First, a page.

you, thank you. thank you. me, thank you,h thank you, thank you, the first lady telling nelson mandela shortly after she became first lady here in america. i want to bring in our chief correspondent. this is very much a global headline with nelson mandela. mano question, this is a who has jacob zuma, the president of south africa, said the founder of the democratic republic of south africa. it was nelson mandela who created that democracy. that is the miracle that astonished the world and made him such a world figure. he was well known while he was in prison, but when he came out of prison, there was a great question about what would happen. would there be a terrible bloodbath, with they get through the passage to democracy with apartheid? it was because of nelson mandela and his character that they did. the world recognized a peacemaker, and he developed a moral stature in the world that helped him bring south africa into the world community, help them reintegrate into the world terrible it aow role in various hot spots the world. he was very close to president bill clinton. frankly,
women and children. in the end, the police massacre at sharpville killed 69 people. at the time, nelson mandela was in his early 40s. he had joined the african national congress, the anc, way back in 1944. the anc and the other major organizations opposing apartheid in south africa had been organized as nonviolent movements, nonviolent resistance, and nonviolent organizing. but after sharpville, they decided that maybe that wasn't enough. after sharpville, they decided they would form a paramilitary wing, and nelson mandela was one of the anc leader who is went underground to help start it. they said they would target government buildings and strategic infrastructure and they would try to sabotage the state. after sharpville, the government of south africa started mass arrests of anc leaders and other activists. they banned the anc. they made it illegal to be a member of that group. nelson mandela was arrested for treason in 1961, he was acquitted and he was convicted of traveling illegally. they sentenced him to five years hard labor on south africa's version of alcatraz, which is robi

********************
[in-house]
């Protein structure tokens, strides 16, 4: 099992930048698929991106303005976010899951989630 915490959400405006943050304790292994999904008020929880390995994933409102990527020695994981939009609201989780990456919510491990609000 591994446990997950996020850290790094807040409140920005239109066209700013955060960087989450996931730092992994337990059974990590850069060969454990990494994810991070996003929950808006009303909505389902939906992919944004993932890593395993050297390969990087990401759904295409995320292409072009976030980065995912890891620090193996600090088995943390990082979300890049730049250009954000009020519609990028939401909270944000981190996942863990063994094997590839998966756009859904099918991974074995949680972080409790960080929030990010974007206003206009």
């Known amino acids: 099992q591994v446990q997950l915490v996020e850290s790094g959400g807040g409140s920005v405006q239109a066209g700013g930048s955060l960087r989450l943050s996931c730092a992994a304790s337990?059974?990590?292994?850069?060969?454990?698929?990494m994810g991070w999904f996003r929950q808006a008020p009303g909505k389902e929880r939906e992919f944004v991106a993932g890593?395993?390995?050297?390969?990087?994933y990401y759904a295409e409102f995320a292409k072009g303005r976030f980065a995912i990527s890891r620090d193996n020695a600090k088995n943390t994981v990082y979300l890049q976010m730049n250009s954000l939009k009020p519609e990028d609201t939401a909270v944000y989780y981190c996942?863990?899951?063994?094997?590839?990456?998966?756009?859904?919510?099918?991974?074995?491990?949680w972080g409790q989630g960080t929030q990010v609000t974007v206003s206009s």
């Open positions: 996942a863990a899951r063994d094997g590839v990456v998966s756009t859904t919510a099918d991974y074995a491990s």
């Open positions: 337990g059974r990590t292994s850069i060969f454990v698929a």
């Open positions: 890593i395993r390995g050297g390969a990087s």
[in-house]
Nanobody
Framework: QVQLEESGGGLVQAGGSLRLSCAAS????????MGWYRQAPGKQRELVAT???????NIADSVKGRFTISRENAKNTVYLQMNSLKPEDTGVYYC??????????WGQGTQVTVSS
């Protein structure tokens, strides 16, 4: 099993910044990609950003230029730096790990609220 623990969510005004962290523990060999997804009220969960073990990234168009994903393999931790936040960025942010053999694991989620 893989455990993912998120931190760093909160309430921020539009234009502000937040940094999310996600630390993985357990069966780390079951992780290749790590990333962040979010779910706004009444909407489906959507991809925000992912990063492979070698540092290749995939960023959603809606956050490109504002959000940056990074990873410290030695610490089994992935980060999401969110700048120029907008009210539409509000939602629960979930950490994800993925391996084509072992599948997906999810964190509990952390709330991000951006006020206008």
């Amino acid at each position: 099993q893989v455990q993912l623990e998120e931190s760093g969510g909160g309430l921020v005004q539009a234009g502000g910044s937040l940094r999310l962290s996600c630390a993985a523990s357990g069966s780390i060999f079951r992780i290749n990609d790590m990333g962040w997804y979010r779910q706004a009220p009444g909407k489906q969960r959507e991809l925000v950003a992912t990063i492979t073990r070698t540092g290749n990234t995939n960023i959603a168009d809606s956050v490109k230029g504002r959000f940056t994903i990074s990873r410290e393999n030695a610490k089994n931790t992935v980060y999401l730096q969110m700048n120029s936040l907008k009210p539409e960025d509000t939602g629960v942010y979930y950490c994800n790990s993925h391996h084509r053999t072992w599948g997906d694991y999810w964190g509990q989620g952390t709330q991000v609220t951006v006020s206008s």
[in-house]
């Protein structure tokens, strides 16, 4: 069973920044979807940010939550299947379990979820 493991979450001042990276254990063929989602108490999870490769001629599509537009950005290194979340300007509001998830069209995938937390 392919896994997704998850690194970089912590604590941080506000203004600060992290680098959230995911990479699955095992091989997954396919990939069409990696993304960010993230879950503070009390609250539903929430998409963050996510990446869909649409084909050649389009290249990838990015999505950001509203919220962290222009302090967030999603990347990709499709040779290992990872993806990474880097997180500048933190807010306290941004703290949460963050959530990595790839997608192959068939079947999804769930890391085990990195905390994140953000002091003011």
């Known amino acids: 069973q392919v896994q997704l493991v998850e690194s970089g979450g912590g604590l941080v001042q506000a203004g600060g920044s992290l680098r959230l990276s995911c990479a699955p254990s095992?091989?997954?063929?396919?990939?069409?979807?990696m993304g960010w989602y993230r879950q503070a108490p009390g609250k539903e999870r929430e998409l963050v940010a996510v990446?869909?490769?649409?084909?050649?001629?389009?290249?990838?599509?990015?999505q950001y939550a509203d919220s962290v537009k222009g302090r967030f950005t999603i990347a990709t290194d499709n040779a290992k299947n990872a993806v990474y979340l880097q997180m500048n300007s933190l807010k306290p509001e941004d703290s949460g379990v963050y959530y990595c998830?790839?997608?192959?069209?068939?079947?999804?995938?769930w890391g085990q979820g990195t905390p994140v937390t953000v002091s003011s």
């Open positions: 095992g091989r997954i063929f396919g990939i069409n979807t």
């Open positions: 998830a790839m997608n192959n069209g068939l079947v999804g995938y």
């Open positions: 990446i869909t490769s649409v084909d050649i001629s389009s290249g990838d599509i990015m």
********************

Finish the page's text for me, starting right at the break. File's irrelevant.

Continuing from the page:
together this friday to mourn the loss of a man who changed the nation and inspired generations. nelson mandela has died after a long battle with the recurring not long in the us at the age of ninety five. thank you so much for joining us for fools think i'm only home this friday people around the world are paying their respects to nelson mandela the ninety five year old died thursday evening at his home in johannesburg was battling a reoccurring a long illness. mandela had been receiving intensive care at his home in this friday everyone from heads of state to people on the street are remembering mandela was both inspirational and controversial. kyle brown takes a look back now the life of the us mandela when the former trend state eritrean july eighteen nineteen eighteen. nelson mandela was meant to become a tribal chief. just like his father. instead he became an aliya in the first thought legal practice in johannesburg. he joined the african national congress korean sea in nineteen forty four. apartheid was introduced for use later. his practice monday that was exposed to the new ma